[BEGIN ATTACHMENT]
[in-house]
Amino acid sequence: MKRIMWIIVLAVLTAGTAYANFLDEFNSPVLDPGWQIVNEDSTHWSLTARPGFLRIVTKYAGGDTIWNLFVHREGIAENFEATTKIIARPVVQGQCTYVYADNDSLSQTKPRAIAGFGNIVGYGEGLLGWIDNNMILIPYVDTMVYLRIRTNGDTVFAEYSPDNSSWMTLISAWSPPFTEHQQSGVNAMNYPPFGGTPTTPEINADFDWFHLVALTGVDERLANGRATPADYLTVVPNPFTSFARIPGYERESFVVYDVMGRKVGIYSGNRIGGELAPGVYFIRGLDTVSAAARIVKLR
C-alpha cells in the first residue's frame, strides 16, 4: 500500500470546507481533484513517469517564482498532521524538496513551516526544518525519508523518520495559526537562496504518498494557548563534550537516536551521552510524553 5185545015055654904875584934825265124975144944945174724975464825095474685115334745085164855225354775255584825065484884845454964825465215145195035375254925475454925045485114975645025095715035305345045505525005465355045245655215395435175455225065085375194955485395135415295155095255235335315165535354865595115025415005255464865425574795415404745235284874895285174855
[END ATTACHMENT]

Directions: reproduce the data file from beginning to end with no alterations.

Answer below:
[in-house]
Amino acid sequence: MKRIMWIIVLAVLTAGTAYANFLDEFNSPVLDPGWQIVNEDSTHWSLTARPGFLRIVTKYAGGDTIWNLFVHREGIAENFEATTKIIARPVVQGQCTYVYADNDSLSQTKPRAIAGFGNIVGYGEGLLGWIDNNMILIPYVDTMVYLRIRTNGDTVFAEYSPDNSSWMTLISAWSPPFTEHQQSGVNAMNYPPFGGTPTTPEINADFDWFHLVALTGVDERLANGRATPADYLTVVPNPFTSFARIPGYERESFVVYDVMGRKVGIYSGNRIGGELAPGVYFIRGLDTVSAAARIVKLR
C-alpha cells in the first residue's frame, strides 16, 4: 500500500470546507481533484513517469517564482498532521524538496513551516526544518525519508523518520495559526537562496504518498494557548563534550537516536551521552510524553 5185545015055654904875584934825265124975144944945174724975464825095474685115334745085164855225354775255584825065484884845454964825465215145195035375254925475454925045485114975645025095715035305345045505525005465355045245655215395435175455225065085375194955485395135415295155095255235335315165535354865595115025415005255464865425574795415404745235284874895285174855